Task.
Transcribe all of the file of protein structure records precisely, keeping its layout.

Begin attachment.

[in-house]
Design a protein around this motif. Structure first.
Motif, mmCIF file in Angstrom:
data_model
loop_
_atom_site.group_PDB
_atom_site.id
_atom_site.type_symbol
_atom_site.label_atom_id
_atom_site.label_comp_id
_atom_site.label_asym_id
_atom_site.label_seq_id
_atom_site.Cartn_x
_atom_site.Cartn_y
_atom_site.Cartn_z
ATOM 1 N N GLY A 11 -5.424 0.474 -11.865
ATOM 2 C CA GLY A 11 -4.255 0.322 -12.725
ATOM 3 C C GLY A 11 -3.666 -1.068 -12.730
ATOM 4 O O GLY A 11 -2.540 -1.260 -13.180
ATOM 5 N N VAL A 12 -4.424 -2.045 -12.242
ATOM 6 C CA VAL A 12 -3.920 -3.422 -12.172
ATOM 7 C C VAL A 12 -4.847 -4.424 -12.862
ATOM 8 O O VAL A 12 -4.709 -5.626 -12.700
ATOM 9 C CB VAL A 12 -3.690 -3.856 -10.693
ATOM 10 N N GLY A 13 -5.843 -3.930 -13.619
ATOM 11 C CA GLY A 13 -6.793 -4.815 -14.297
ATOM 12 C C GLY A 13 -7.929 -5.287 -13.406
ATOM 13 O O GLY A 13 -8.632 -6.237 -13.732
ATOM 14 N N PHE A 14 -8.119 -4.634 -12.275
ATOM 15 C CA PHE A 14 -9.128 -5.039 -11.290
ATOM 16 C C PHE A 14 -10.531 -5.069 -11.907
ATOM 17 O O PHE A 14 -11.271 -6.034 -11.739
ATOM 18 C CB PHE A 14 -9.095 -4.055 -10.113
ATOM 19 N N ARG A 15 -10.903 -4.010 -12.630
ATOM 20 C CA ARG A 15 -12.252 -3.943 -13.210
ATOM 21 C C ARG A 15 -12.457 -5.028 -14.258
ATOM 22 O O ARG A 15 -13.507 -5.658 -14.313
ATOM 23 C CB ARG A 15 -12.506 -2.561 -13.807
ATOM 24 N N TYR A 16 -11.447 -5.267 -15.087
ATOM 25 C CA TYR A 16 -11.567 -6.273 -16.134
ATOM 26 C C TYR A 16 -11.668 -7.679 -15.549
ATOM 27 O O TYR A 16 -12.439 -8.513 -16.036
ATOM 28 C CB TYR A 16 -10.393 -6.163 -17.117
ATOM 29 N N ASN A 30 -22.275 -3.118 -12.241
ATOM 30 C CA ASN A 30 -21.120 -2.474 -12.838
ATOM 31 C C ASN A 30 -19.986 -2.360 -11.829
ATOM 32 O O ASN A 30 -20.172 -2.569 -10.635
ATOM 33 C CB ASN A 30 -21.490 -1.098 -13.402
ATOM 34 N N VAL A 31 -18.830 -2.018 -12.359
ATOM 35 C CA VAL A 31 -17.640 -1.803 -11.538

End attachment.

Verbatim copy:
[in-house]
Design a protein around this motif. Structure first.
Motif, mmCIF file in Angstrom:
data_model
loop_
_atom_site.group_PDB
_atom_site.id
_atom_site.type_symbol
_atom_site.label_atom_id
_atom_site.label_comp_id
_atom_site.label_asym_id
_atom_site.label_seq_id
_atom_site.Cartn_x
_atom_site.Cartn_y
_atom_site.Cartn_z
ATOM 1 N N GLY A 11 -5.424 0.474 -11.865
ATOM 2 C CA GLY A 11 -4.255 0.322 -12.725
ATOM 3 C C GLY A 11 -3.666 -1.068 -12.730
ATOM 4 O O GLY A 11 -2.540 -1.260 -13.180
ATOM 5 N N VAL A 12 -4.424 -2.045 -12.242
ATOM 6 C CA VAL A 12 -3.920 -3.422 -12.172
ATOM 7 C C VAL A 12 -4.847 -4.424 -12.862
ATOM 8 O O VAL A 12 -4.709 -5.626 -12.700
ATOM 9 C CB VAL A 12 -3.690 -3.856 -10.693
ATOM 10 N N GLY A 13 -5.843 -3.930 -13.619
ATOM 11 C CA GLY A 13 -6.793 -4.815 -14.297
ATOM 12 C C GLY A 13 -7.929 -5.287 -13.406
ATOM 13 O O GLY A 13 -8.632 -6.237 -13.732
ATOM 14 N N PHE A 14 -8.119 -4.634 -12.275
ATOM 15 C CA PHE A 14 -9.128 -5.039 -11.290
ATOM 16 C C PHE A 14 -10.531 -5.069 -11.907
ATOM 17 O O PHE A 14 -11.271 -6.034 -11.739
ATOM 18 C CB PHE A 14 -9.095 -4.055 -10.113
ATOM 19 N N ARG A 15 -10.903 -4.010 -12.630
ATOM 20 C CA ARG A 15 -12.252 -3.943 -13.210
ATOM 21 C C ARG A 15 -12.457 -5.028 -14.258
ATOM 22 O O ARG A 15 -13.507 -5.658 -14.313
ATOM 23 C CB ARG A 15 -12.506 -2.561 -13.807
ATOM 24 N N TYR A 16 -11.447 -5.267 -15.087
ATOM 25 C CA TYR A 16 -11.567 -6.273 -16.134
ATOM 26 C C TYR A 16 -11.668 -7.679 -15.549
ATOM 27 O O TYR A 16 -12.439 -8.513 -16.036
ATOM 28 C CB TYR A 16 -10.393 -6.163 -17.117
ATOM 29 N N ASN A 30 -22.275 -3.118 -12.241
ATOM 30 C CA ASN A 30 -21.120 -2.474 -12.838
ATOM 31 C C ASN A 30 -19.986 -2.360 -11.829
ATOM 32 O O ASN A 30 -20.172 -2.569 -10.635
ATOM 33 C CB ASN A 30 -21.490 -1.098 -13.402
ATOM 34 N N VAL A 31 -18.830 -2.018 -12.359
ATOM 35 C CA VAL A 31 -17.640 -1.803 -11.538